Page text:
Saturday, August 13, 2016

Death Becomes Her

August 13, 2016  

I have been thinking a lot about death and dying. My daughter and her husband see me as having died and are still grieving, I think, which leaves us in this odd situation. I want to be their parent and grandparent to my grandkids, but right now I don't exist anymore. They haven't told me why they cut me off, just that they want nothing to do with me at all.

When I look back at my life of 52 years, I can finally make sense of all the disjointed experiences I had: looking like a boy, being mistaken as a boy, excelling in traditional male activities, not quite fitting in, lacking in development of Self. As a woman, these experiences were confusing and shame producing, filled with starts and stops and loss of momentum. As a man, they line up and make a perfect pathway, like a racetrack, engines revved with intensity and verve.

Remember the old Christmas tree lights? If one bulb blew out the entire string would not work. My (life) string was filled with light bulbs that did not fire. Now I can look back over my whole life, a long string of light bulbs, and see the burned out bulbs come back to life! Illumination, at last!! It makes me feel whole and in alignment with myself.

This kind of experience is what life is for: to be fully alive. I cannot help what turned out to be true for me. But it brings up some interesting ideas for me. Like what does it mean to be a mother? When are mothering duties over? Does my role in my family depend on my genitals or whether I go through menopause? What constitutes abandonment? Why aren't the love, time and care I invested in my children and family built up like a bank account; rich and steadfast, able to handle this change, yet still together?

Last Saturday was my daughter's 30th birthday. I checked her Facebook page to see if she was having a party and was going to send her a happy birthday message. Instead I saw a Mother's Day montage of pictures of women in her life with the caption: "Thank you to the women who raised me and taught me such wonderful morals and values," etc. Who was in the montage? Two grandmothers, her dad's wife and her honorary Godmother. But not her mother. Me. I had a 22 hour delivery. I breastfed her. I stayed home to raise her. I coached her soccer team when she was 5 (The Cheetahs, with team cheer "Go Cheetahs, fast as lightning, goooooooooo Cheetahs!!!), I made her a layered ice cream cake with a layer for every year until she was 12 and the cake just fell over, I stood by her through thick and thin. And in my time of needing her, where are those morals and values she described? I transitioned into manhood when she was 23 years old; plenty of time to know who her mother was and is. She certainly she didn't get this particular set of morals and values from me after all. The ladies of the montage; a big part of my family and friends who I drew into my daughter's life to strengthen us and one another, including me.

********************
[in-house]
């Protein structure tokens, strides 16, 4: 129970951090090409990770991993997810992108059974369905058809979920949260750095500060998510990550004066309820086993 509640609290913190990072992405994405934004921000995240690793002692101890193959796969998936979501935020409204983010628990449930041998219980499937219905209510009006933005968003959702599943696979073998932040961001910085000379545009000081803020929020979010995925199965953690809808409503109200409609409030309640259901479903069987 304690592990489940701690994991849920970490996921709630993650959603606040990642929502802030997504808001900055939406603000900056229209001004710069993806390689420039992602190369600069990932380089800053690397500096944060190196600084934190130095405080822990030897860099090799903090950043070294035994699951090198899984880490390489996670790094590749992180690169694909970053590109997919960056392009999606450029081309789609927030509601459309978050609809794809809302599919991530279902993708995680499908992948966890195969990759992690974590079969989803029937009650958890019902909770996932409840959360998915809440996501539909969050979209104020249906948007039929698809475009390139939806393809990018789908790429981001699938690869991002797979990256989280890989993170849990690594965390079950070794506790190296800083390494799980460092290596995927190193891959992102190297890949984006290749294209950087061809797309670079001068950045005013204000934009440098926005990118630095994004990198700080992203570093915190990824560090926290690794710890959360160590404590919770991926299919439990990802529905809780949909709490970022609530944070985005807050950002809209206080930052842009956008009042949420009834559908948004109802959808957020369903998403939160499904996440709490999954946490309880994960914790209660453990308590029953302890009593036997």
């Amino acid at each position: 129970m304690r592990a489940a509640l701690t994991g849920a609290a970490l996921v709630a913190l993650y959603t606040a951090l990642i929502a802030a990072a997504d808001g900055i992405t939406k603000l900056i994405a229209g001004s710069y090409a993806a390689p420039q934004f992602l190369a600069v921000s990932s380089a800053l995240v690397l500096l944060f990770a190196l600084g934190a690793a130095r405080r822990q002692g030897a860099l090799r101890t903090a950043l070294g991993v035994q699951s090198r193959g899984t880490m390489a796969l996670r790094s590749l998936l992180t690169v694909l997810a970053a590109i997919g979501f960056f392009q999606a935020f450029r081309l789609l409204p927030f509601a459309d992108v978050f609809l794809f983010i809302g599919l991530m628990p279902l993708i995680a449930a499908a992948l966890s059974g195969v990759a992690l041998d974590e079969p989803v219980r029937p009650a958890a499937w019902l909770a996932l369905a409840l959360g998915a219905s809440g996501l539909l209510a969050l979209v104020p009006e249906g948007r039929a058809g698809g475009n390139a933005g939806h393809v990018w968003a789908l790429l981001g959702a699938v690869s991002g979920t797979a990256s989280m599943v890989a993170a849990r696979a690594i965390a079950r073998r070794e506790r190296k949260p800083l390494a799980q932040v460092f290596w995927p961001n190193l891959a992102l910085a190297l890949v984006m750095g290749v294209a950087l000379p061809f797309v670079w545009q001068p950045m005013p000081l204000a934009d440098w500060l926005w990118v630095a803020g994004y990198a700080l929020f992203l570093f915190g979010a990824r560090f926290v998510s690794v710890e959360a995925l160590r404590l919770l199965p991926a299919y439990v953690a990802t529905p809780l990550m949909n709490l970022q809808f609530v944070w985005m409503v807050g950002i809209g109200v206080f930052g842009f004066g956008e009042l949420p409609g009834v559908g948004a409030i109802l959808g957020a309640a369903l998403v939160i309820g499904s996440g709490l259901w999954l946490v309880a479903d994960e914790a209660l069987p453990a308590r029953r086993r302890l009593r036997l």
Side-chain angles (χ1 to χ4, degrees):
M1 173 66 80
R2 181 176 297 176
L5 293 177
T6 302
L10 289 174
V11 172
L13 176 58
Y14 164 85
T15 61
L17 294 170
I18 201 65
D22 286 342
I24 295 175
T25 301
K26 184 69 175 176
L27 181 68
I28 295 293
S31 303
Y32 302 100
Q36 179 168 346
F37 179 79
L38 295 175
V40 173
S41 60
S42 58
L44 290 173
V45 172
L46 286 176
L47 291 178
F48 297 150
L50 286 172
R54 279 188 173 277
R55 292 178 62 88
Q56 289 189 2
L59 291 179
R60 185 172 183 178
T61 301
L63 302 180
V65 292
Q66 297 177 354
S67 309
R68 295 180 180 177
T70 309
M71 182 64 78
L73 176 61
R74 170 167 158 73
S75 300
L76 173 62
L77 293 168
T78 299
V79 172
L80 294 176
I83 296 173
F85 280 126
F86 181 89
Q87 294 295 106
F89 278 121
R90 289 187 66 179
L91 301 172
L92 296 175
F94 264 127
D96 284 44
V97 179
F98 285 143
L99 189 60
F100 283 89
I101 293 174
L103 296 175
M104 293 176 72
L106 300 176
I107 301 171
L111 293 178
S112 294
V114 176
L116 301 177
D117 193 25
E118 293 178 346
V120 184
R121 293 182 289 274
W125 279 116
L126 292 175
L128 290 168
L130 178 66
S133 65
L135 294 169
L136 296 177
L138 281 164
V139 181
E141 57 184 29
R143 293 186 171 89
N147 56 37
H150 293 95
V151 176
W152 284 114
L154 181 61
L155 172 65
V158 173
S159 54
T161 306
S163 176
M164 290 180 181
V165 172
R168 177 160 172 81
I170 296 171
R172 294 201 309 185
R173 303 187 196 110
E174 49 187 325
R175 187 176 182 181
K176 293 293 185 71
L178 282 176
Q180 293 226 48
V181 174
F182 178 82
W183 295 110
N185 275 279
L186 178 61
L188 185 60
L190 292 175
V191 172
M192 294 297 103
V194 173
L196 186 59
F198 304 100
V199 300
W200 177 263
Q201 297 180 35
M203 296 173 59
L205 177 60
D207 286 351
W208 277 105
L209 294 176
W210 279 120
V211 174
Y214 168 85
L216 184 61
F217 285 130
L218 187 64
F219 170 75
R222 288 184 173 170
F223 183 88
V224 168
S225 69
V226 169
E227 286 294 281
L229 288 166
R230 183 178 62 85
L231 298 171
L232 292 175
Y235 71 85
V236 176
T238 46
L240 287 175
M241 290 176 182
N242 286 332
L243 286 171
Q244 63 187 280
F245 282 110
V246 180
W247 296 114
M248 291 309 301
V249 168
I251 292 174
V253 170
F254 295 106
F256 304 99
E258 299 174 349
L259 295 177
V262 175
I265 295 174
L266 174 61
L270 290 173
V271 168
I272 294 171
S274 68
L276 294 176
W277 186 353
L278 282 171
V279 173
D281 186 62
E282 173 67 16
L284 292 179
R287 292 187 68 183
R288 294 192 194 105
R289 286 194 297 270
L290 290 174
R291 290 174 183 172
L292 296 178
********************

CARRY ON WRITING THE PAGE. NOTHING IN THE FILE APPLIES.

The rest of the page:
And in my lowest moment I realized that that person who is so easily discarded did in fact die and the whole lot of them can go fuck themselves. We do not share the same values at all. Sometimes people change and when they do new decisions have to be made. They do not like the person I have become; when in fact they do not know me. They think that I am less when in fact I am the same and more. But the point is they do not want to know me, just as they really did not know me before. It's not their fault that I could not fully share who I was; it is their fault that they choose not to experience the full human being I am now.

The woman I was is gone. She is glad of it because her life was filled with an intense underlying sense of discomfort and prolonged, relentless anxiety and depression. If the people in my life prefer me to live in constant pain so they can feel good, there is something wrong with them and not me!

So to my former self, I bid you a fond farewell. You were a brave woman who not only endured your own pain, but willingly soaked up the pain of others to help them on their journey. You are at peace now and free from wrongful burdens. Death becomes you! I love you and am proud to have shared my life with you! You were an awesome mother and now father. Your birth child may not understand but your adopted kids love you and get you, so go forth and prosper, and let what is dead go.


  1. I can only imagine the pain you have endured all these years. If only more people could step back and imagine how it feels to be living a life as the wrong gender, there would be more understanding.